Metro Weekly

Homeless LGBTQ youth advocate Friendship Place partners with Amazon

Matching funds will be used to help families, including "families of choice," find stable housing

Jean Michel Giraud – Photo: Friendship Place.

Last week, Friendship Place, a local homeless advocacy organization, announced a partnership with Amazon to help provide critical emergency services to families experiencing homelessness in the D.C. area.

Under the arrangement, Amazon will match all donations made to Friendship Place before Dec. 31, 2017, up to a total of $1 million. The money raised will go towards programs aimed at helping families find stable long-term housing and jobs so that they can avoid becoming homeless once again.

Donations will also be used to help clients access free medical and mental health care, assist them with food and transportation costs, moving costs, and purchasing furniture.

Jean Michel Giraud, the president and CEO of Friendship Place, notes that Amazon’s pledge to match donation up to $1 million constitutes the largest private donation the organization has ever received. Giraud says that the money will be used to benefit both families who have biological ties and “families of choice,” which include members of the LGBTQ community and, in particular, homeless LGBTQ youth.

The match campaign is part of Amazon’s efforts to support nonprofits that provide emergency services to families in need. Recently, the Seattle-based company announced it was building a permanent home in its newest office building for Mary’s Place, an organization providing emergency shelter and other services for women and families experiencing homelessness.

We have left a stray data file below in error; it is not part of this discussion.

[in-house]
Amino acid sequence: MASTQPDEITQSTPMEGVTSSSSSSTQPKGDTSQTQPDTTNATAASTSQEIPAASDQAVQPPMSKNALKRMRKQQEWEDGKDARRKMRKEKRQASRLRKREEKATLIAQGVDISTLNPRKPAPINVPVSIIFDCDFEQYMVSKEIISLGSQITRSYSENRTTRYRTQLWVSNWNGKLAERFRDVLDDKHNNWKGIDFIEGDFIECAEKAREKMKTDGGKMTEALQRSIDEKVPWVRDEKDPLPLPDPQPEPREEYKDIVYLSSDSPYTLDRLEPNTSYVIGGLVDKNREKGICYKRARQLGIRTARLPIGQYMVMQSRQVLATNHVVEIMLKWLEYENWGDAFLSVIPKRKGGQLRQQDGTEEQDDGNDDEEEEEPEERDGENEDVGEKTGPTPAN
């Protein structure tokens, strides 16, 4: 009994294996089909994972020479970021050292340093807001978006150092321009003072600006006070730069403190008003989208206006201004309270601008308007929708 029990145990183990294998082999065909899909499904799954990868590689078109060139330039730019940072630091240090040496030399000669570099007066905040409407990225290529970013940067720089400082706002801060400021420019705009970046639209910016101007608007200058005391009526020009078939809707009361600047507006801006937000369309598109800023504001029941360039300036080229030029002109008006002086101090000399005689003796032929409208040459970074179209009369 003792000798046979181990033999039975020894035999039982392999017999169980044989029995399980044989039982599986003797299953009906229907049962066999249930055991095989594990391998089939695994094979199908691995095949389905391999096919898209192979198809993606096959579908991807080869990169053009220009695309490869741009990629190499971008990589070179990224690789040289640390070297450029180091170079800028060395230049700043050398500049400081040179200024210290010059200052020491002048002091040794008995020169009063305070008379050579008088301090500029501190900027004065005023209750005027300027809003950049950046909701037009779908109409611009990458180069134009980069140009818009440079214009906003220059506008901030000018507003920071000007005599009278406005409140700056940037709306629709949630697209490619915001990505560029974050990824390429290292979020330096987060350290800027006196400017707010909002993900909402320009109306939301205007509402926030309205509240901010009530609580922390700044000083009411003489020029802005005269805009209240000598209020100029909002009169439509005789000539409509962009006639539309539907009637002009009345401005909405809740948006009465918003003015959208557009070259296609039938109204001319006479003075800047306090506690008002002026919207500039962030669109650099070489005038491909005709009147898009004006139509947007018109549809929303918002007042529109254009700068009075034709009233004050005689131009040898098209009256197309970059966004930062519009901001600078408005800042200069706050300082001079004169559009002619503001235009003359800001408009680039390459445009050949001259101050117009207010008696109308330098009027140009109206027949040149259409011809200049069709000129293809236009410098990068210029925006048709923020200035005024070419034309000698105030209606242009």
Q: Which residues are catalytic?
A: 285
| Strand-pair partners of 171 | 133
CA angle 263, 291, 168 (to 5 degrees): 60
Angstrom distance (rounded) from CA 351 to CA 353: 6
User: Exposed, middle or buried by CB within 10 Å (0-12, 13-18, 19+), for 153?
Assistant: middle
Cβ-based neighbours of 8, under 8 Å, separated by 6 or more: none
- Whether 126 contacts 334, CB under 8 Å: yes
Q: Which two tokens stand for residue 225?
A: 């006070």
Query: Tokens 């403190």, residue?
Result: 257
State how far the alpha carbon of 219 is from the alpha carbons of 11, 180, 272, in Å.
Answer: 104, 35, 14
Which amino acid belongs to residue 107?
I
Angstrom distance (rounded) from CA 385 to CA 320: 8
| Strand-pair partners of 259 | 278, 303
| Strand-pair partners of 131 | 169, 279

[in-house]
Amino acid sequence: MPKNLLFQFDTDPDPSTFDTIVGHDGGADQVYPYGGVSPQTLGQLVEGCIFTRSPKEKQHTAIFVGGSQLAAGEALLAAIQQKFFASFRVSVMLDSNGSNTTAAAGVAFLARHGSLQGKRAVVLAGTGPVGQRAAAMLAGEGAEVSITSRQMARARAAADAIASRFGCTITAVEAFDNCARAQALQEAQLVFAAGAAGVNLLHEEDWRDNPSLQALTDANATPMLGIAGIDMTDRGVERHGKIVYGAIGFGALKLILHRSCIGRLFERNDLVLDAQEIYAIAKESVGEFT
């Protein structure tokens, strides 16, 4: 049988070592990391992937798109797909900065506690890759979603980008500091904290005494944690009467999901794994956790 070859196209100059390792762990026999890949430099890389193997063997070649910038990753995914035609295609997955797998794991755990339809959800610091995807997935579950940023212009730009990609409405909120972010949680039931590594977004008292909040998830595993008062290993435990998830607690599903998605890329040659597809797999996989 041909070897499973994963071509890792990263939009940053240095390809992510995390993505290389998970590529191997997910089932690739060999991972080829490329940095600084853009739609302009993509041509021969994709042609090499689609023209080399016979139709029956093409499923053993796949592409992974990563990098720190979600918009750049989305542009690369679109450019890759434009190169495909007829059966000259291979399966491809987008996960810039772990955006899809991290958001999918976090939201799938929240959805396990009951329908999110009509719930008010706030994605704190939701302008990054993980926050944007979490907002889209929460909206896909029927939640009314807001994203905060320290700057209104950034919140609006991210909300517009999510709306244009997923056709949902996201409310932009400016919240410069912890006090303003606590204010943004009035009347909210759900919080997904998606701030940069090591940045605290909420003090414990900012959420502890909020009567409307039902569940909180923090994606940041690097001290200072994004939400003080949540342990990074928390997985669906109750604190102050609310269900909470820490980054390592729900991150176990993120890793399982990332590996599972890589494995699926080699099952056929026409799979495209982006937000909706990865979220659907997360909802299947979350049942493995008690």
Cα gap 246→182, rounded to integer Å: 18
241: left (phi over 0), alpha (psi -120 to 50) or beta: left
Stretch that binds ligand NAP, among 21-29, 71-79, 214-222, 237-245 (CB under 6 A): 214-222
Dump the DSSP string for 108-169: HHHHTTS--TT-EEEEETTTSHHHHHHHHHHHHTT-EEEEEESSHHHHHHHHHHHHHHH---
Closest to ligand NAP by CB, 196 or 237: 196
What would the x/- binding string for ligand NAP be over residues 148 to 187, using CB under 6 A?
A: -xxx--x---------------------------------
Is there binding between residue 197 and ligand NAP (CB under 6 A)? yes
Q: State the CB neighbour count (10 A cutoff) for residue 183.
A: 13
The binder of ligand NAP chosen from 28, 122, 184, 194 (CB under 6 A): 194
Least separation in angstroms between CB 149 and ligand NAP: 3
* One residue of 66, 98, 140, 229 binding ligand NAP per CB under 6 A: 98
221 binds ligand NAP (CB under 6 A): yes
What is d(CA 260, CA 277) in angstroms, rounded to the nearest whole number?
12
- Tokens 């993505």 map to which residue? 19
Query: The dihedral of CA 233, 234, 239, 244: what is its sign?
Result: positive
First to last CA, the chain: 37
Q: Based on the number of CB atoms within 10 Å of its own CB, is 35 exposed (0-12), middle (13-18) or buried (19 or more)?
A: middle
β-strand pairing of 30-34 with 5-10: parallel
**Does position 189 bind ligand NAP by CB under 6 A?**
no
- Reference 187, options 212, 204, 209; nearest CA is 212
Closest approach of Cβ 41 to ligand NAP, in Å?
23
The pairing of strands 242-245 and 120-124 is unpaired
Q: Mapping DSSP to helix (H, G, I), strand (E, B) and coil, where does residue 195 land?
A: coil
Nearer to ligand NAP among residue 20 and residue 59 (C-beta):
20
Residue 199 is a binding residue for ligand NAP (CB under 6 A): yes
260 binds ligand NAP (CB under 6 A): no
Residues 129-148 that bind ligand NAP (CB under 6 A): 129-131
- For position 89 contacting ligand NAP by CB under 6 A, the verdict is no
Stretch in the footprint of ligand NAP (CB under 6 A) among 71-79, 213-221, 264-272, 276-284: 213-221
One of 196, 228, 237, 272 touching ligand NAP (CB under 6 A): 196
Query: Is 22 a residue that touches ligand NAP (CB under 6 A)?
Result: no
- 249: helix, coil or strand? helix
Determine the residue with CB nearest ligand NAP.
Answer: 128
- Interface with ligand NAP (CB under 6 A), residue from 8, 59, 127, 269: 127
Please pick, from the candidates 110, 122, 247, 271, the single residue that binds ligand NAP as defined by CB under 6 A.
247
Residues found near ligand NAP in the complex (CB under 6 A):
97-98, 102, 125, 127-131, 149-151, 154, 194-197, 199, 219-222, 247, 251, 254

“Friendship Place’s impact in D.C. during the past 26 years is evident in the statistics, but it’s even more obvious when you hear the stories of the lives they help change,” Jay Carney, Amazon’s senior vice president of global corporate affairs, said in a statement.

“Amazonians across the D.C. region are grateful for the opportunity to help a team as successful, compassionate and worthy as Friendship Place, and we’re excited to expand our support for organizations that provide emergency services for families and children in need.”

Friendship Place says it helped to prevent or end homelessness for 1,372 people in 2017, including 350 veterans and more than 400 children, and helped place 249 others into full-time jobs. In recent years, the organization has particularly extended a hand to D.C.’s LGBTQ community, particularly homeless LGBTQ youth. According to the 2015 Youth Homeless Survey, 43 percent of the District’s homeless youth identify as LGBTQ.

In April, Friendship Place held a symposium, “Young, LGBTQ and Homeless” focusing on the extent and contributing factors to LGBTQ youth homelessness. The group also operates a “Before 30” case management program aimed at finding vulnerable 17- to 29-year-olds permanent or long-term housing and matching them with job placement opportunities, counseling, and other services they may need.

“Families in D.C. come in all shapes and sizes,” Sean Read, the director of Friendship Place’s Welcome Center, who oversees the organization’s LGBTQ youth outreach efforts, said, “and Friendship Place is committed to meeting people where they are, how they identify, and helping them achieve stability.”

John Riley is the local news reporter for Metro Weekly. He can be reached at jriley@metroweekly.com